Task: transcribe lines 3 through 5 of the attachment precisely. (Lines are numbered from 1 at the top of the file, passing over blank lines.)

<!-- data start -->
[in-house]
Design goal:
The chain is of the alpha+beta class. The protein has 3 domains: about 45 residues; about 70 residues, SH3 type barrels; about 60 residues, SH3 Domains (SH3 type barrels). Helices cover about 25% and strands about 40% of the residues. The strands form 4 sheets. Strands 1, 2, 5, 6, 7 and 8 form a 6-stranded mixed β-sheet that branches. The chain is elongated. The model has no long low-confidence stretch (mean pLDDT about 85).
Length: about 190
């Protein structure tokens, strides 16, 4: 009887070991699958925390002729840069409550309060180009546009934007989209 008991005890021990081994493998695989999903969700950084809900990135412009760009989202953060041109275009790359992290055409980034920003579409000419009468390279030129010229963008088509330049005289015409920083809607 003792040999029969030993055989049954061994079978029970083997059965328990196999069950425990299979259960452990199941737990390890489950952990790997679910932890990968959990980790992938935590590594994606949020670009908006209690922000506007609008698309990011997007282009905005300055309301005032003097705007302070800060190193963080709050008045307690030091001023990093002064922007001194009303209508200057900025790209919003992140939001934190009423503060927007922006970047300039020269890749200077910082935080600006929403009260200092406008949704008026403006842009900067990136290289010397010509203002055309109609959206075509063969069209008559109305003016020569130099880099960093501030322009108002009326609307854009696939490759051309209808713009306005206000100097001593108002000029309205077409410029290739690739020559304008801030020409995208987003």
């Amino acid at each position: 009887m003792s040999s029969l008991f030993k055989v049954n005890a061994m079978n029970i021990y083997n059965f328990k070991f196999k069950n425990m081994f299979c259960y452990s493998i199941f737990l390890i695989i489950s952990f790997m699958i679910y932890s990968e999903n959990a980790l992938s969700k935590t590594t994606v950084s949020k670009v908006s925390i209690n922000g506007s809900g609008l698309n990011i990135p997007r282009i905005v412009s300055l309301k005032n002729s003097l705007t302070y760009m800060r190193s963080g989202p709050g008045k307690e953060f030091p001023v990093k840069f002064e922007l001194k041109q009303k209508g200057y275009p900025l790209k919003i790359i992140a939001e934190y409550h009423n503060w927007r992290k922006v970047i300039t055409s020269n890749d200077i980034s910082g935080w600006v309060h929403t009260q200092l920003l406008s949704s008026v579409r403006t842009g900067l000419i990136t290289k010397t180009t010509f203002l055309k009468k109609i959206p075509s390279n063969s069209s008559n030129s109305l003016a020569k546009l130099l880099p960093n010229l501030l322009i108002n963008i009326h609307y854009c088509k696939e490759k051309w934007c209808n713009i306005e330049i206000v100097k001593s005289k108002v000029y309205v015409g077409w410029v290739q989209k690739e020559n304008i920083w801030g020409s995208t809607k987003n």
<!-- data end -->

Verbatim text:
The chain is of the alpha+beta class. The protein has 3 domains: about 45 residues; about 70 residues, SH3 type barrels; about 60 residues, SH3 Domains (SH3 type barrels). Helices cover about 25% and strands about 40% of the residues. The strands form 4 sheets. Strands 1, 2, 5, 6, 7 and 8 form a 6-stranded mixed β-sheet that branches. The chain is elongated. The model has no long low-confidence stretch (mean pLDDT about 85).
Length: about 190
């Protein structure tokens, strides 16, 4: 009887070991699958925390002729840069409550309060180009546009934007989209 008991005890021990081994493998695989999903969700950084809900990135412009760009989202953060041109275009790359992290055409980034920003579409000419009468390279030129010229963008088509330049005289015409920083809607 003792040999029969030993055989049954061994079978029970083997059965328990196999069950425990299979259960452990199941737990390890489950952990790997679910932890990968959990980790992938935590590594994606949020670009908006209690922000506007609008698309990011997007282009905005300055309301005032003097705007302070800060190193963080709050008045307690030091001023990093002064922007001194009303209508200057900025790209919003992140939001934190009423503060927007922006970047300039020269890749200077910082935080600006929403009260200092406008949704008026403006842009900067990136290289010397010509203002055309109609959206075509063969069209008559109305003016020569130099880099960093501030322009108002009326609307854009696939490759051309209808713009306005206000100097001593108002000029309205077409410029290739690739020559304008801030020409995208987003």